The middle rounds are where you fill out your roster after drafting your core. It’s best to finalize your starting roster here before, say, adding a fourth and fifth outfielder. Additionally, if you were unable to draft players with multi-positional eligibility, that should be more of a focus here. You will need roster flexibility to weather the storms of a long season. Quality middle infielders should be prioritized here since they not only add depth but also slot into your starting lineup in the UTIL or MI slots.

If you absolutely must draft a top catcher still on the board and wisely resisted the temptation to do so earlier, you can take the plunge here, though I still advocate waiting until the later rounds since there’s usually not much of a difference between the fifth and 15th-ranked catcher. Note that the middle rounds are typically where we see a run on certain positions, and you don’t want to find yourself taking your 13th-ranked third baseman because you waited too long.

If you recall from earlier articles in this series, depth and balance have been preached, especially in categories and rotisserie leagues. It’s in these rounds that you want to address any category weaknesses you have still have. The one exception to this rule is the culture of your league. If it’s a league that features a lot of trading, you may be able to add a surplus in one area to deal away for needs later. There’s an inherent risk in this approach though since you’re banking on other owners playing ball with you when you need them to do so.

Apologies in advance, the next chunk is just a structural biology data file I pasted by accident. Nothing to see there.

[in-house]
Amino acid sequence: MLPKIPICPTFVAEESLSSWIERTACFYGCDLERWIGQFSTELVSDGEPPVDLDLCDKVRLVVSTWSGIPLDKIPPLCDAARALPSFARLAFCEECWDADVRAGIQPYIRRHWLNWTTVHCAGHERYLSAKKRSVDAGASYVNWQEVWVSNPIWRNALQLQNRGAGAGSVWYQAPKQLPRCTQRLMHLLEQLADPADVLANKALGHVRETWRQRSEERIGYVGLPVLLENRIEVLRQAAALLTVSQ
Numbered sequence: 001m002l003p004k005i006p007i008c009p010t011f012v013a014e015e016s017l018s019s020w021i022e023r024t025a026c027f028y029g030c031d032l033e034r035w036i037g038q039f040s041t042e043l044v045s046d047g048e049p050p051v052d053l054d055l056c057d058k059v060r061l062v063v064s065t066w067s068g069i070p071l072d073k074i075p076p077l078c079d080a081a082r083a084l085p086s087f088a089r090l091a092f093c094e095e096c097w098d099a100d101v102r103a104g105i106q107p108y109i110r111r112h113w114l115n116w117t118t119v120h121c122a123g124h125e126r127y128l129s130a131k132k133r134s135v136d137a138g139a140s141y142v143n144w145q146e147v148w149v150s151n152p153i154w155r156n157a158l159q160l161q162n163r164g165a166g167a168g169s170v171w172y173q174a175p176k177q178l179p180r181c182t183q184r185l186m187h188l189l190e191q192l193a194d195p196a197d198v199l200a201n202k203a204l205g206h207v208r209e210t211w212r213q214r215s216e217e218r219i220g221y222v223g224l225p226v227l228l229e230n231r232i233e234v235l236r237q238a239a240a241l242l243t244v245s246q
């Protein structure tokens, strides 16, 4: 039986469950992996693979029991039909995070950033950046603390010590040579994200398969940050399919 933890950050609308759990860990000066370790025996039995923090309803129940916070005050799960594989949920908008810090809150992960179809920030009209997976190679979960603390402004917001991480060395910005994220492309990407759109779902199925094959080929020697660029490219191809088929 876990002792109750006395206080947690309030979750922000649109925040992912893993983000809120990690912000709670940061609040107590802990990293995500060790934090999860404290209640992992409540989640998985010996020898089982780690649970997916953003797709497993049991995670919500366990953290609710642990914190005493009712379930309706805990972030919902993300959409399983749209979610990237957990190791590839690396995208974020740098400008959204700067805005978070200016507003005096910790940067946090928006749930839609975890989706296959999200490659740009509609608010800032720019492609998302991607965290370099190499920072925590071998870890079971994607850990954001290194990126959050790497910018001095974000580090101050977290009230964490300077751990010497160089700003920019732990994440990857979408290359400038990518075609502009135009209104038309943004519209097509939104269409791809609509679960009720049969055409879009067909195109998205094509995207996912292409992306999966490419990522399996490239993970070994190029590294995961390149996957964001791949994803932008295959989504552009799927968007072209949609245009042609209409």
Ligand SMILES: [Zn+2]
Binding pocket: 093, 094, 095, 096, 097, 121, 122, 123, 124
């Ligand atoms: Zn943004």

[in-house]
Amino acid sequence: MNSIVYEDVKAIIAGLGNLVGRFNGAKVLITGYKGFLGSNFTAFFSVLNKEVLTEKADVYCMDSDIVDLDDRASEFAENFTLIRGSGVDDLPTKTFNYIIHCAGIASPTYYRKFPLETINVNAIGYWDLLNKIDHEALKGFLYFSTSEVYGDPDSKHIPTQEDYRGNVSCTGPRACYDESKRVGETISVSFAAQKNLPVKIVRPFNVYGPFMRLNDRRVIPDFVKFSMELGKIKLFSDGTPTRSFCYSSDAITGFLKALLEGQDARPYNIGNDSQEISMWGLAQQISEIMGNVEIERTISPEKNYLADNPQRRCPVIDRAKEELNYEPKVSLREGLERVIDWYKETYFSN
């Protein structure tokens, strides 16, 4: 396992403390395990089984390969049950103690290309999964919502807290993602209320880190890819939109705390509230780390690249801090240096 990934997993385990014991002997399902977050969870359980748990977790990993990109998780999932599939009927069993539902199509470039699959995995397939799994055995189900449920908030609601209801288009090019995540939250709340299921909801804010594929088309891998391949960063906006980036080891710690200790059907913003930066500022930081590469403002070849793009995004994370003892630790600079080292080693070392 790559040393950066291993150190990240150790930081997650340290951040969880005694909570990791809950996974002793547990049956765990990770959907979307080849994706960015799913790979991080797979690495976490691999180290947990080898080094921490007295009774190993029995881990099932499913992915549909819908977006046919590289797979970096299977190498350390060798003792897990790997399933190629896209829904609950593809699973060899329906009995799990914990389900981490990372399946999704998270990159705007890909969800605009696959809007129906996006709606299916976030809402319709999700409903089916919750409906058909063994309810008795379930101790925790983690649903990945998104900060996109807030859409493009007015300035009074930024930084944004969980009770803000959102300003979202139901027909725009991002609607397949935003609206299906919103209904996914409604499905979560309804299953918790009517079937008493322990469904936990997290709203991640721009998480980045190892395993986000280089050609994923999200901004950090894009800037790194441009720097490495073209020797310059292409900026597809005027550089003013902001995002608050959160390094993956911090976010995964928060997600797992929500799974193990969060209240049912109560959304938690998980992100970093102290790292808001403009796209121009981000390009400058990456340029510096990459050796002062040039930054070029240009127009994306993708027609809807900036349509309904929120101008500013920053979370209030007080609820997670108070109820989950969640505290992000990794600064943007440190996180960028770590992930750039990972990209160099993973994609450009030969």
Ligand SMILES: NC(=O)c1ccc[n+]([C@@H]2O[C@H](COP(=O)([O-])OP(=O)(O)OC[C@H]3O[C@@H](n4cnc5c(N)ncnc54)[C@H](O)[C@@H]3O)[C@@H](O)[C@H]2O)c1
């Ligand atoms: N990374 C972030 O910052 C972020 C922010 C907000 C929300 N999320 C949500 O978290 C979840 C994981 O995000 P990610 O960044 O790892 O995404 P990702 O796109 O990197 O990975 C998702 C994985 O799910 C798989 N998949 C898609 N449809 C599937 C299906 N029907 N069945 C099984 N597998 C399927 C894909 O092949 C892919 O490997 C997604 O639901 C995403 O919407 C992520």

Sticking with the five elements of what makes a great fantasy pitcher (K/9, BB/9, GB%, Hard%, O-Swing%), continue to target upside starters here and build your staff. If you only came away with one or two arms in the early rounds, this is where you want to load up before most of the top 30-40 arms are gone.

Finally, this is the sweet spot for closers. The biggest names are already off the board, but there’s still a lot of value and reliability (if one can ever use that term to describe a closer). You want to leave the draft with at least one, preferably two, established and secure closers, and this is the place to grab at least one if not both of them.

Later Rounds (17 until the end)

The end of the draft is where you can take some chances and seek out value. Chase the upside since there’s very little to lose. Many of these picks will be among the first drops, cast into the river of sludge with other waiver wire fodder in search of whatever shiny new fleck of fool’s gold glitters brightest during the first few weeks of the season. However, it’s entirely possible that one or two players drafted late become some of your biggest contributors.

It’s here that you may draft the toolsy, but flawed outfielder who puts together a 20-20 season, a prospect with some buzz and hype who emerges with a bang, the speculative bullpen arm that emerges as a dominant closer, and the high hard-hit rate bat that runs into 30-plus home runs out of nowhere.

While you won’t find a lot of five-tool players at this point of the draft, you will find a lot of players that specialize in one tool. It won’t be hard to find low-average power hitters or guys that provide steals and little else. The late rounds are the perfect place to fill in any lingering needs if you remain deficient in a particular skill category.

Whatever you do, don’t be boring here. A lot of fantasy managers tend to try to draft older, “safe” players late in drafts, thinking that they’ll give themselves a floor with a position player they “can’t believe fell this far.” More often than not, the floor collapses on that player, so you’re better off prioritizing skills, upside, and needs here. Now, go take these tips and crush your draft.

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Paul Ghiglieri is a featured writer at FantasyPros. For more from Paul, check out his archive and follow him @FantasyGhigs.